In an effort to make ends meet, four generations of Lisa Nelms' family pool resources by sharing the same house in rural northeast Jackson County as well as meager sources of income.

In an effort to make ends meet, four generations of Lisa Nelms' family pool resources by sharing the same house in rural northeast Jackson County as well as meager sources of income.

Since the economic downturn, two of Nelms' daughters and their families have had to move in with Nelms and their grandfather because of job loss or work hours. The family turns to the food pantry at nonprofit ACCESS Inc. to help supplement certain foods they can't afford.

"ACCESS really helps out a lot," Nelms says. "The food pantry helps us fill gaps in our diets with fresh fruits and vegetables. If it weren't for them, some weeks we wouldn't have much variety: spaghetti, hamburger helper, rice and beans and Ramen noodles. Ramen noodles are big because they're cheap and they're filling."

Today, ACCESS, a philanthropic organization that feeds about 3,200 families each month across Jackson County, will kick off its annual grocery bag food drive called Sharing Food Is Sharing Hope. An ACCESS grocery bag is enclosed in today's Daily Tidings. Donors may also use their own grocery bags, fill them with nonperishable food and drop off the bag at any fire station, Sherm's Thunderbird, Food 4 Less or Umpqua Bank location. The following five churches also serve as drop-off sites: Ascension Lutheran, Medford Congregational, St. Peter's Lutheran, Westminster Presbyterian and First Christian, all in Medford.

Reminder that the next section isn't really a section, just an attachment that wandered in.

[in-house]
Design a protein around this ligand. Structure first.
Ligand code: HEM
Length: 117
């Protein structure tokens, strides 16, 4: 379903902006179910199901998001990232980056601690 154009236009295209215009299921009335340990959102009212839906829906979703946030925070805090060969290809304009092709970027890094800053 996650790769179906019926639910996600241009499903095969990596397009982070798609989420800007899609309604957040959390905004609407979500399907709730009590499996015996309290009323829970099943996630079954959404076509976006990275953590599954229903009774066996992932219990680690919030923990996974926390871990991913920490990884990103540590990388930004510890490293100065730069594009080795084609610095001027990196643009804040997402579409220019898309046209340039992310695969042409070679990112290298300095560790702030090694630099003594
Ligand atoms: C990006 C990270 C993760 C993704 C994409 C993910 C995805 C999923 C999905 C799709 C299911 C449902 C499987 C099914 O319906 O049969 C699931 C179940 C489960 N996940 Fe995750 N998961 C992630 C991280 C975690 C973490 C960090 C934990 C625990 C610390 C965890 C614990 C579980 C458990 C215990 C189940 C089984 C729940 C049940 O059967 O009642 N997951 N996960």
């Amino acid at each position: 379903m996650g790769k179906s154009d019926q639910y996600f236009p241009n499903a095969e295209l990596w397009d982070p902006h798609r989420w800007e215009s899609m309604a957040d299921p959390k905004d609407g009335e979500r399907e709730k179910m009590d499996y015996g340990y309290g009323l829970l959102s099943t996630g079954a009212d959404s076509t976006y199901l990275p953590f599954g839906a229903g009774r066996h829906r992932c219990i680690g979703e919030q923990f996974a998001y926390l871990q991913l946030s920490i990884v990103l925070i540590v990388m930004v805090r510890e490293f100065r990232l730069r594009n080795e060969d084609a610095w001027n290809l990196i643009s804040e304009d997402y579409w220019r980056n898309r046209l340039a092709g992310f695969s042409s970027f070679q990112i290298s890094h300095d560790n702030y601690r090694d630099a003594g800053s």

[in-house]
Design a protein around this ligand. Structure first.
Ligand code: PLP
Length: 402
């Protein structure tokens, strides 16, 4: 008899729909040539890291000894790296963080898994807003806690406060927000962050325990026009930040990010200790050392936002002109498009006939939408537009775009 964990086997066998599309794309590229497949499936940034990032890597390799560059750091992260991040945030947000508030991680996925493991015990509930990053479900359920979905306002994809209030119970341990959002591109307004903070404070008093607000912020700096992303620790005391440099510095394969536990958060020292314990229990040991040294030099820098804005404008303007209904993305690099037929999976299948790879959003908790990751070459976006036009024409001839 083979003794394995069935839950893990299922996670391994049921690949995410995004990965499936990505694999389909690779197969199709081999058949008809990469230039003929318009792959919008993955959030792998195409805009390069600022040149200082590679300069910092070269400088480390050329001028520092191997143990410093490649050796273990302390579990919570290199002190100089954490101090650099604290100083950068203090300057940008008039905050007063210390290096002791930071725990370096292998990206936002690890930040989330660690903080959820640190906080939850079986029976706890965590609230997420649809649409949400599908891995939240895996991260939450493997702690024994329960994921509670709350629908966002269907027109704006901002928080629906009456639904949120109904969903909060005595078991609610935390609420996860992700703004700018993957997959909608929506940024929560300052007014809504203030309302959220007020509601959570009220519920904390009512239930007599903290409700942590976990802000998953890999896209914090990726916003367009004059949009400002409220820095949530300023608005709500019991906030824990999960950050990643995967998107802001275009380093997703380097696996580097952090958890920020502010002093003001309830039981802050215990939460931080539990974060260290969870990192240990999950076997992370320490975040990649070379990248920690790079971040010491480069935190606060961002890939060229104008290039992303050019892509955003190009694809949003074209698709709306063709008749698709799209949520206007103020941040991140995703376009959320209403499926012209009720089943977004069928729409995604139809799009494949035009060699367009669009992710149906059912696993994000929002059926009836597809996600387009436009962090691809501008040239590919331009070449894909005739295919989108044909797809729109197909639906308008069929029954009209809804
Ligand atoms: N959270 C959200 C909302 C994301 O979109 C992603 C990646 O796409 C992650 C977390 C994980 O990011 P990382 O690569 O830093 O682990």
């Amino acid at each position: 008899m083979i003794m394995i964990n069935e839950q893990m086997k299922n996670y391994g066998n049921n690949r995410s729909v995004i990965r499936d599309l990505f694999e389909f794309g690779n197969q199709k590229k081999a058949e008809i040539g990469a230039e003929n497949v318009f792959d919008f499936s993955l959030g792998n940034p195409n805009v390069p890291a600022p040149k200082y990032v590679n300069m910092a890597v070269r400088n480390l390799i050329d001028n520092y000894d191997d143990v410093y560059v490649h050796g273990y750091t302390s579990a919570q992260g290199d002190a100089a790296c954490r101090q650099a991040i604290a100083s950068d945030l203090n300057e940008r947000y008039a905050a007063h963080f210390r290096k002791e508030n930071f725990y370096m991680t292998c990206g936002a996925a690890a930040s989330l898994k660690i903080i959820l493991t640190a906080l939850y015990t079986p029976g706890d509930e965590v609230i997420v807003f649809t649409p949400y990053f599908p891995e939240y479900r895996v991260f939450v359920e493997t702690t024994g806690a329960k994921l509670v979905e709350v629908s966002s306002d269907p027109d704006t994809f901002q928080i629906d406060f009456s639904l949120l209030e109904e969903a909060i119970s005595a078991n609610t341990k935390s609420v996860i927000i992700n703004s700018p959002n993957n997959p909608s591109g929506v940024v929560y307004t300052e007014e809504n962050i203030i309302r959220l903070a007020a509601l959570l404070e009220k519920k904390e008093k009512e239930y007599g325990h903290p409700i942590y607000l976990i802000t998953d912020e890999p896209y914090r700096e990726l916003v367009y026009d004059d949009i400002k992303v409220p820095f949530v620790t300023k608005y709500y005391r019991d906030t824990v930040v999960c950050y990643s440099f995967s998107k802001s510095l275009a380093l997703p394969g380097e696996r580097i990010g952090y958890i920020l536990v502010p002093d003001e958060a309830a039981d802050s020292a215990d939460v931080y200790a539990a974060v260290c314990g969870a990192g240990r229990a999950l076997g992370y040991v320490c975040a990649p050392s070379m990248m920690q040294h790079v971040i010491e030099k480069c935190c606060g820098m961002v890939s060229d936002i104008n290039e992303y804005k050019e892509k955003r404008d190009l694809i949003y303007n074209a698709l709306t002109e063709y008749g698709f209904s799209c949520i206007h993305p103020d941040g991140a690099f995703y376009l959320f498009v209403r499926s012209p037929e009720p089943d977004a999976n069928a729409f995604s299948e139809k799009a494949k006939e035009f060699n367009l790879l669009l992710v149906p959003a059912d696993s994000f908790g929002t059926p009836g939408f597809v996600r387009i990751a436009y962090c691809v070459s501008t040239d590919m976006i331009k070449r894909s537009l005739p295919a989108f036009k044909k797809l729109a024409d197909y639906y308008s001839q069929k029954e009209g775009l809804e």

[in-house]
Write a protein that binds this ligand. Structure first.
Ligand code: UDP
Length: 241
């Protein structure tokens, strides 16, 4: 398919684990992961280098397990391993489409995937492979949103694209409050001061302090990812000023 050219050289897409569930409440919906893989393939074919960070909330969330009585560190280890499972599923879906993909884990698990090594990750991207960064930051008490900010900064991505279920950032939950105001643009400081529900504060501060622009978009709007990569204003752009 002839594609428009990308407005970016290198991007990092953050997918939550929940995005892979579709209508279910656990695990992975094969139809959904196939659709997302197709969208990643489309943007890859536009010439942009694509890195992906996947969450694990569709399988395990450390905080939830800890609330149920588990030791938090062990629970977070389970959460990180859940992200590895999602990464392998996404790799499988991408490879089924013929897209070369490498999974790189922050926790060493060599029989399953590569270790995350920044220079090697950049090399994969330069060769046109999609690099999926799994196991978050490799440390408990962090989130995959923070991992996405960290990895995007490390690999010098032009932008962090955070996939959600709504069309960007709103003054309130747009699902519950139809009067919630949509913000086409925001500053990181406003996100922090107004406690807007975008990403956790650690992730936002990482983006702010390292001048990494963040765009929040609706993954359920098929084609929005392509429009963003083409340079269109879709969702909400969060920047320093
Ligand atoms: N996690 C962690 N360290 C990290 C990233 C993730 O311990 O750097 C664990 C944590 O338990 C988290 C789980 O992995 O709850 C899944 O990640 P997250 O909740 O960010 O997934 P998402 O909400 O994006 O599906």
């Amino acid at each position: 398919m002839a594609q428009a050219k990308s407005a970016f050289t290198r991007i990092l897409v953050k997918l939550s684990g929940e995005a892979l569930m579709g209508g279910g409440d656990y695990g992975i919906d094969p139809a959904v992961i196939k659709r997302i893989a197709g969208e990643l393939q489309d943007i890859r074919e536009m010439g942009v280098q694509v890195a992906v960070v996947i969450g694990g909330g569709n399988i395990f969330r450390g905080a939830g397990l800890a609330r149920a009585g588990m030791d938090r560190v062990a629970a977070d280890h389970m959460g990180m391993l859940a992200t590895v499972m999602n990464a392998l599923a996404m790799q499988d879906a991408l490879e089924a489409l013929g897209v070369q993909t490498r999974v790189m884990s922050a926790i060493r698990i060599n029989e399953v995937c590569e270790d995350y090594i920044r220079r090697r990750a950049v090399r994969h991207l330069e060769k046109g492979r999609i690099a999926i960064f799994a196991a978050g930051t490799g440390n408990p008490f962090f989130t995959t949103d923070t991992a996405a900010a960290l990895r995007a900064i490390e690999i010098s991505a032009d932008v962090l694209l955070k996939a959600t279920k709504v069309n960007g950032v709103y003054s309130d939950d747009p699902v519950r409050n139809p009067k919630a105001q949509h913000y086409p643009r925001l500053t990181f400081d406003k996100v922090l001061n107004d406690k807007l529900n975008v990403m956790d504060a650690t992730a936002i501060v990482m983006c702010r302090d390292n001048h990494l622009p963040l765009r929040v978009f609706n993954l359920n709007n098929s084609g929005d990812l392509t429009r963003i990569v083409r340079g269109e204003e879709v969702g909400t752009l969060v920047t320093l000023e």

"We're hoping people will fill up a bag of food and drop it off at places listed on the bag," says Philip Yates, ACCESS nutrition programs director.

Yates says Nelms and her family illustrate a larger trend in the county and around the nation in which unemployment, foreclosure and reduced work hours have caused families to unite under one roof. "We are giving out the same number of food boxes (a food box goes to one family and is portioned according to the size of the family), but there are more people in each family, about a 7 to 8 percent increase," Yates says. "That tells us mostly likely people are combining households to make ends meet."

For instance, Nelms lives with four of her children, a soon-to-be son-in-law, three grandchildren and her father-in-law, the grandfather of her youngest child, 14-year-old C.J., who has autism, a total of nine people and four generations in one five-bedroom house in Sams Valley owned by Nelms's father-in-law.

Typical ACCESS food boxes consist of dry goods as well as fresh produce, bread, meats and dairy products, depending on what ACCESS obtains from local grocery stories and the Oregon Food Bank. Each box is portioned according to the family and is designed to provide five days of food. The boxes are distributed from 22 food pantries across Jackson County, including Ashland.

"Things haven gotten tough enough when I've had to tell everyone there will be no seconds," Nelms says. "ACCESS makes sure we have enough so nobody has to be hungry."

Reach Paris Achen at 541-776-4459 or e-mail pachen@mailtribune.com.